The profits of the German luxury brand fell by 36.4% in the second quarter as the company struggled to find semiconductors and with lockdowns in China that reduced unit sales by 19.8% even as the company braces for energy shortages at key plants in Europe.
The company’s revenues climbed 21.6% in the second quarter on higher prices, but inflation also drove up BMW’s cost of sales by 27.8% during the same period, according to the quarterly financial report. The trend forced BMW senior management to throttle back production, which has a domino effect.
“Semiconductor supply difficulties remain the dominant and decisive issue for our sales performance. Against this background, we have updated our sales guidance for 2022,” warned Oliver Zipse, chairman of BMW’s management board.
BMW now expects deliveries for the whole year to be slightly lower than the previous year’s high level.
“Our EBIT margin in the Automotive Segment should stay within the range of 7% to 9 percent. The crucial factor will be how the supply situation develops — not just for semiconductors, but also energy supplies in Europe,” Zipse said.
Volatility is king now
Zipse noted BMW, like other automakers, is facing a challenging environment. In the automaker’s case it’s not just limited to chip supplies, but the unpredictability of the global supply chain.
“At the present time, no one can reliably predict how the situation will develop in the coming months and years. But we at BMW believe in seizing opportunities wherever they arise. The flexibility of our vehicle architectures and our global production network are proving extremely valuable – as are our strong partnerships with our suppliers,” he said.
He noted the company’s thriving in one area, despite the ongoing issues: electric vehicles.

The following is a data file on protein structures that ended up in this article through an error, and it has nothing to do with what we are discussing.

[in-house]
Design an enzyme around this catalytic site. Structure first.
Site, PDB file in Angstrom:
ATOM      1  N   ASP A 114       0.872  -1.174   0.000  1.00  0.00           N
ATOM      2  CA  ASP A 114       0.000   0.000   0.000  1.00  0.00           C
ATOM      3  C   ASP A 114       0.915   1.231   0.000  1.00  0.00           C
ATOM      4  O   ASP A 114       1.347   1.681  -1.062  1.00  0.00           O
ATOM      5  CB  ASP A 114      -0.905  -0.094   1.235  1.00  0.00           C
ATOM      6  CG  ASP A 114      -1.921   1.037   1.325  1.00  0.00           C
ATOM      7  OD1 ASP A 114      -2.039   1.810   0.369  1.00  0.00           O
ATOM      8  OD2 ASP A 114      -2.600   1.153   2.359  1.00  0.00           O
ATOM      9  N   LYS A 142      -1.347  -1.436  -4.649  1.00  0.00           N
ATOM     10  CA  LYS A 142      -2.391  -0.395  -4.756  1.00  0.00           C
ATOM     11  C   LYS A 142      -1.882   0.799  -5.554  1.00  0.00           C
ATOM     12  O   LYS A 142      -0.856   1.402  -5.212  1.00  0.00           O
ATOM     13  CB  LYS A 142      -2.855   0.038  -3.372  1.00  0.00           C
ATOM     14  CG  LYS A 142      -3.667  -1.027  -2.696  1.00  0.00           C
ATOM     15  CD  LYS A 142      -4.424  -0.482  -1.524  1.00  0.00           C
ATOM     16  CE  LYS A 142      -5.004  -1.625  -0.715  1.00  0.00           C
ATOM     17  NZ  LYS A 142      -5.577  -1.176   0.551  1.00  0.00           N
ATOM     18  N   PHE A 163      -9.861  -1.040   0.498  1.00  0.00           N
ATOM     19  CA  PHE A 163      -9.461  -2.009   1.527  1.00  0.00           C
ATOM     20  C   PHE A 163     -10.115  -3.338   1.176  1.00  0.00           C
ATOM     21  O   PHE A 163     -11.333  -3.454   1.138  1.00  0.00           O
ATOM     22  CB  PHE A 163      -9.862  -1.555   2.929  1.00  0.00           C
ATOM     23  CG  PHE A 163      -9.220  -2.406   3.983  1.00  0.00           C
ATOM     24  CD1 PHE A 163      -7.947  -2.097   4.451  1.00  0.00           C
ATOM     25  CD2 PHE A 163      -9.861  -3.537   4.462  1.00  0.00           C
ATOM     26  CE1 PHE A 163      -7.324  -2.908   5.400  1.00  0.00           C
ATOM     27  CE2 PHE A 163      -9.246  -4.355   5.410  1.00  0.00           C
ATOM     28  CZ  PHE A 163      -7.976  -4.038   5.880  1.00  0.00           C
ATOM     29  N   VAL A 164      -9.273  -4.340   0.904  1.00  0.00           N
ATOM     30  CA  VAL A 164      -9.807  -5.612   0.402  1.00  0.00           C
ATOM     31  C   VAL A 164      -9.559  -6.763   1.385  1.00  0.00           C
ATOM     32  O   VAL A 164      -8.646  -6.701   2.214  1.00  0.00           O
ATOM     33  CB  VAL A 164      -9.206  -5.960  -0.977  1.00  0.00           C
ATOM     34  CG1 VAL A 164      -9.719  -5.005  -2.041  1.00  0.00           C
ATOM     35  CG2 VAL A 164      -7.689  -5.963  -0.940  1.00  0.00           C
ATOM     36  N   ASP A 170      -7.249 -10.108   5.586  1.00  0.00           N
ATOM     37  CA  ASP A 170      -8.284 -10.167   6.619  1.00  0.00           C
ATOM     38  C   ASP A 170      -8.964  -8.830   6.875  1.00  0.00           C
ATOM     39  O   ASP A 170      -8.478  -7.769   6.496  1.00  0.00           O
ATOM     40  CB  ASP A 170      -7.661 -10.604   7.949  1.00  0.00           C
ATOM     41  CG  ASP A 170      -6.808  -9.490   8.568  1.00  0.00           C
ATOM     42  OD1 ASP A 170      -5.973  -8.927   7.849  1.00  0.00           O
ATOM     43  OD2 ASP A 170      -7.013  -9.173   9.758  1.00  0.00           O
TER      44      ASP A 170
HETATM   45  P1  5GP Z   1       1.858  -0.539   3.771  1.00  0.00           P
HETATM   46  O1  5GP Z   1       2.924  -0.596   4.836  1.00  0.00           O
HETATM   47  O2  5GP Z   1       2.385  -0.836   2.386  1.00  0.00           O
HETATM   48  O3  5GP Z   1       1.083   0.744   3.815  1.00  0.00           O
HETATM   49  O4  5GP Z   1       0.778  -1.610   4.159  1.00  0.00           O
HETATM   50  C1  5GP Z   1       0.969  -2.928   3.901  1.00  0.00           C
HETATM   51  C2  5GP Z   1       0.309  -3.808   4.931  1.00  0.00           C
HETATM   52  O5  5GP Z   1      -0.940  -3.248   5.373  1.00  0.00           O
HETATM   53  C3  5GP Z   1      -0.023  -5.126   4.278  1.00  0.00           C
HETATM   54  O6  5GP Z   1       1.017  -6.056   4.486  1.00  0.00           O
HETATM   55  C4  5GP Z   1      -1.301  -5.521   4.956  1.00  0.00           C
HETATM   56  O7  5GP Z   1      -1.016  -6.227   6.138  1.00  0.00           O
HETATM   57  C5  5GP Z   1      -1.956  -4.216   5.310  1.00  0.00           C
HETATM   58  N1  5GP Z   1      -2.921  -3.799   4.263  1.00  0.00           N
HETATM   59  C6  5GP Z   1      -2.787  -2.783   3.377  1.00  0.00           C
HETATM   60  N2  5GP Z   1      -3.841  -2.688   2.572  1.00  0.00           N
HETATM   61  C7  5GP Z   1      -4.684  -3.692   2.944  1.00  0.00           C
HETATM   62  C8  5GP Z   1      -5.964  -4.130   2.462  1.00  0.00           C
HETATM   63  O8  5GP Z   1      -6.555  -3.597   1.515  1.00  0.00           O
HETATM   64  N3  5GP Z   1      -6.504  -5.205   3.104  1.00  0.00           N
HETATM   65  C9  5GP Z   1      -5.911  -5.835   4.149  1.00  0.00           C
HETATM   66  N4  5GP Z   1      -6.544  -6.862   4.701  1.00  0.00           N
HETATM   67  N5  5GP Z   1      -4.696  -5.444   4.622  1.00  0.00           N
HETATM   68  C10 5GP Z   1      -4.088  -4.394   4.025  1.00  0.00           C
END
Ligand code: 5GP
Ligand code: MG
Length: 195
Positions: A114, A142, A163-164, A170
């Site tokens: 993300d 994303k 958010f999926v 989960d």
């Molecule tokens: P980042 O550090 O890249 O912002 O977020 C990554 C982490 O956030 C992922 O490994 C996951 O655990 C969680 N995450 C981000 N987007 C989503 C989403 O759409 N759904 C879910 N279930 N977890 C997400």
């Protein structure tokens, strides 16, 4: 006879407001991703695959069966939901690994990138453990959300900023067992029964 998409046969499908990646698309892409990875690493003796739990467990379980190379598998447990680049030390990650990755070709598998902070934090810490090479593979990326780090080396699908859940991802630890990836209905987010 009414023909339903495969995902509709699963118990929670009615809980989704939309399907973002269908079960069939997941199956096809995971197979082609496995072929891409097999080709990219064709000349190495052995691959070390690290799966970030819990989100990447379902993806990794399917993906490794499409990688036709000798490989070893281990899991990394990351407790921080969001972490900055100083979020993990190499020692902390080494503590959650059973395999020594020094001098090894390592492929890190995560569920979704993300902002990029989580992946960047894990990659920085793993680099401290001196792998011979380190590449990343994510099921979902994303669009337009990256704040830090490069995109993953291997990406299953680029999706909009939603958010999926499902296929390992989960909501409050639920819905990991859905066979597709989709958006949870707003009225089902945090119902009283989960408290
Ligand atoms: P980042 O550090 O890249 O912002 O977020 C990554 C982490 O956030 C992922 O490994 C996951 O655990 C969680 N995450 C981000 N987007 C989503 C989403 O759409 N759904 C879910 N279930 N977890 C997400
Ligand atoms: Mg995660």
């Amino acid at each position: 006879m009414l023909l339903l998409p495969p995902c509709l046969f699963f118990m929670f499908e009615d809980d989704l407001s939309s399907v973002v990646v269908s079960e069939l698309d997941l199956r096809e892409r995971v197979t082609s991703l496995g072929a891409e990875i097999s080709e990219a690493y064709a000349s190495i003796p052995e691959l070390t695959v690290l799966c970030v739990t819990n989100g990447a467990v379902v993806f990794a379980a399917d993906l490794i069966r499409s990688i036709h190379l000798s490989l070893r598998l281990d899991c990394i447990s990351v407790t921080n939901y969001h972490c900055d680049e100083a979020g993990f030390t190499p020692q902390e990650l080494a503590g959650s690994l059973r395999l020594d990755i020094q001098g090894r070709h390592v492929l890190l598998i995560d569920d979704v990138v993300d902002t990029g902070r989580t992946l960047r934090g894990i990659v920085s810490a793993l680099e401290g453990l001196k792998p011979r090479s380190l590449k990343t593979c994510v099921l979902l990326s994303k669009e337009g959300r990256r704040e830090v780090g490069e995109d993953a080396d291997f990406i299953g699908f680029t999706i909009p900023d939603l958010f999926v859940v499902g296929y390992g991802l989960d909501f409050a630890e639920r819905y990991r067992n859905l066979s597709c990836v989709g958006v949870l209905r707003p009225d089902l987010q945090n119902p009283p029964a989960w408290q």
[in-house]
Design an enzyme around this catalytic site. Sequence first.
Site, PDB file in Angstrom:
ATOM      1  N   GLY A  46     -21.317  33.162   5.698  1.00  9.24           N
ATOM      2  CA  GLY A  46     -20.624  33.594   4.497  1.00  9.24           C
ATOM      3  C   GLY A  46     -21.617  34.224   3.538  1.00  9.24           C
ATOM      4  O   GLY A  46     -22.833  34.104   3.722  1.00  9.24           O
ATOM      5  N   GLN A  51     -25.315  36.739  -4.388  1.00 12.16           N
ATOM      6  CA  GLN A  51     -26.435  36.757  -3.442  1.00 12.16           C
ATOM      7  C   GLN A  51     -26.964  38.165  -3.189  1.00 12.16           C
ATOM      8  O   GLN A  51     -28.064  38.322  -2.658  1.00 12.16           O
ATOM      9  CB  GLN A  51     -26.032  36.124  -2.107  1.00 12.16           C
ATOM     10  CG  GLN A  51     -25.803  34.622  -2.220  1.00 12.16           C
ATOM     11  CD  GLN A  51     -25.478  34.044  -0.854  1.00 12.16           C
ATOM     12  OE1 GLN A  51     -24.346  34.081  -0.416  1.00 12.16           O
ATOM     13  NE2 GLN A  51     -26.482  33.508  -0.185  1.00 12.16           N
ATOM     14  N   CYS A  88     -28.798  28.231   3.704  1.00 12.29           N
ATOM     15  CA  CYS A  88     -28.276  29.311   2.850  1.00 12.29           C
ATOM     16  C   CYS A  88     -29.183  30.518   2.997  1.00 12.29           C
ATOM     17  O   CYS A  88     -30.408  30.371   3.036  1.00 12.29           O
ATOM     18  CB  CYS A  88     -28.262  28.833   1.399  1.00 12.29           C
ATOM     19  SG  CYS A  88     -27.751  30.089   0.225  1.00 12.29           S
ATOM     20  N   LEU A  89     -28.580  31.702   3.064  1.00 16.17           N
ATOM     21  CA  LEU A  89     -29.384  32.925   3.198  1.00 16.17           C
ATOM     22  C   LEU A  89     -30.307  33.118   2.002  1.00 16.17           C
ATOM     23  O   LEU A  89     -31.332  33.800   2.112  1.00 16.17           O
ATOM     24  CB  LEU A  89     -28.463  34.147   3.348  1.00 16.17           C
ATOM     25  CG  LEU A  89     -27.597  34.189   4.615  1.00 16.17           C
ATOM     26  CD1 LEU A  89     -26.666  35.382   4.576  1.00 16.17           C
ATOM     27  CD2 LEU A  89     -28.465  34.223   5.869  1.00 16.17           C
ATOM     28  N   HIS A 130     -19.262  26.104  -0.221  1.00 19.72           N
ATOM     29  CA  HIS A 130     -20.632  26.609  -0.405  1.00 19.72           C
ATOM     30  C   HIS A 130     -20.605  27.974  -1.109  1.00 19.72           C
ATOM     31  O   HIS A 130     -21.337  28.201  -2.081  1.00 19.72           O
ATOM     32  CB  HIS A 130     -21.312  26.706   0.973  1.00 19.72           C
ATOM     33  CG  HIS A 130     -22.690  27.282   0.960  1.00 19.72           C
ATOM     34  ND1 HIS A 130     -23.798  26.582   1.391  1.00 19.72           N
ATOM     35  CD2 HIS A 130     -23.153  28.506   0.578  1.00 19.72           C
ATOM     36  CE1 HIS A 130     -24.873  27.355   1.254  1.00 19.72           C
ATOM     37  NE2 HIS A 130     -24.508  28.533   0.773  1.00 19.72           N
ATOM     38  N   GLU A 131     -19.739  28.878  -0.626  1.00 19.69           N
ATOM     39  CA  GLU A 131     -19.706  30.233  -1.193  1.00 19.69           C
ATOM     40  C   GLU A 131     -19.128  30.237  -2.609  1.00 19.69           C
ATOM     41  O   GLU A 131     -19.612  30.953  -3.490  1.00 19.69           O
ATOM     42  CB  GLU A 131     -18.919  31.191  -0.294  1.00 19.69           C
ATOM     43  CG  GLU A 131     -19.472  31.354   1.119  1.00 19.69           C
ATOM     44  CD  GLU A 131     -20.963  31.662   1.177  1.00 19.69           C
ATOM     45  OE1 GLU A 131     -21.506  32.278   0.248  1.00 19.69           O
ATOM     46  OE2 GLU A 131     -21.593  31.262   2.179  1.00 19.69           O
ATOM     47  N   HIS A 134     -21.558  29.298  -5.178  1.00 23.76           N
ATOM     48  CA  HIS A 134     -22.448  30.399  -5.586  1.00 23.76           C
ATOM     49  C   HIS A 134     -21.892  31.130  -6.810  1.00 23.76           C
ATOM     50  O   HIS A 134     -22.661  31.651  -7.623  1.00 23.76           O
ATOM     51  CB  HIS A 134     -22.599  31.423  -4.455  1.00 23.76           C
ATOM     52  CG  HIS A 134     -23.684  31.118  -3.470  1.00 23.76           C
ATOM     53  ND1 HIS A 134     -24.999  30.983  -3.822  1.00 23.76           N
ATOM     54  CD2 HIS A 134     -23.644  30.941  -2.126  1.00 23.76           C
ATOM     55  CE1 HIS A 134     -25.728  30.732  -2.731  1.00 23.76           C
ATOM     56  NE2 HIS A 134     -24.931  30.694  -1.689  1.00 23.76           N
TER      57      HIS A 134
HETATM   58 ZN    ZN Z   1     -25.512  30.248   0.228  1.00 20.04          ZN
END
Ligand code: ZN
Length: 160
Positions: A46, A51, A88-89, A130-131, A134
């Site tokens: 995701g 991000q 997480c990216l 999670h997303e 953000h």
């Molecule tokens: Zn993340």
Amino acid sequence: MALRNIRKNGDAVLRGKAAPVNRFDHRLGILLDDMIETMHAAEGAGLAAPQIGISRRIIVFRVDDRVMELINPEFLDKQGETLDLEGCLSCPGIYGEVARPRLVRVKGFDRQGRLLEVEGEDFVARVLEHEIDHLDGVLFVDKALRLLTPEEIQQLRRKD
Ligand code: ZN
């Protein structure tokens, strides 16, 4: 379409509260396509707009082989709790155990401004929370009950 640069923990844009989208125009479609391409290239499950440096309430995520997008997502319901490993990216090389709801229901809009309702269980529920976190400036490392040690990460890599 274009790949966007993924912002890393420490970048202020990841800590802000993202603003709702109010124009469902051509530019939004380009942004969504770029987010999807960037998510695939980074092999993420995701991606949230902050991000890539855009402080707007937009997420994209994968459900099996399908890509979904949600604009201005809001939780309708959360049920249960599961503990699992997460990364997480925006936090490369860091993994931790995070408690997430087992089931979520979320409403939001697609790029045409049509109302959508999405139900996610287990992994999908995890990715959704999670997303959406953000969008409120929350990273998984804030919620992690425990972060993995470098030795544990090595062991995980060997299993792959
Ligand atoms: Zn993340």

“We are able to serve diverse markets efficiently. At the same time, our electric models are winning important comparative tests,” he added.
Bottlenecks won’t stop improvement
Without supply bottlenecks, the company would have sold more vehicles in all three main markets in the first half of the year, according to officials. In fact, BMW expects to post a solid increase in deliveries to customers in the second half.
In addition to parts issues, the company is dealing with other potential problems, such as a national gas shortage. The company’s “natural gas competence team” is actively preparing for a potential gas shortage. It’s conducting thorough reviews at locations in Germany and Austria.
“We are looking at all areas and all fuels to see where we can reduce our gas usage,” Zipse said. “We could potentially envisage making up the electricity from gas-powered co-generation plants by purchasing external power.
“We are evaluating whether this is feasible and what the possible implications might be. We have shared tips with our employees on how to save gas and electricity at work and at home.
Give the people what they want
Despite the problems, BMW is looking to ramp up deliveries of its EVs in the second half — vehicles with updated operating systems designed to improve the performance of those battery-powered cars and SUVs.
The iX introduced BMW Operating System 8 — the most powerful data processing system you’ll find in any car, officials claim. The BMW iX xDrive50 set a new record for range in an electric SUV, driving 377 miles, or about 607 kilometers, exceeding its EPA range by 62 miles, according to Edmunds.com. It also uses less energy per hundred miles than any other electric SUV and even some smaller EV models.
“By the end of this year — including pre-series models — we will be producing 15 BEV models. By 2025, we aim to have delivered a total of two million all-electric vehicles to customers. And we are doing everything we can to make sure at least half of our global deliveries come from BEVs before 2030,” he said.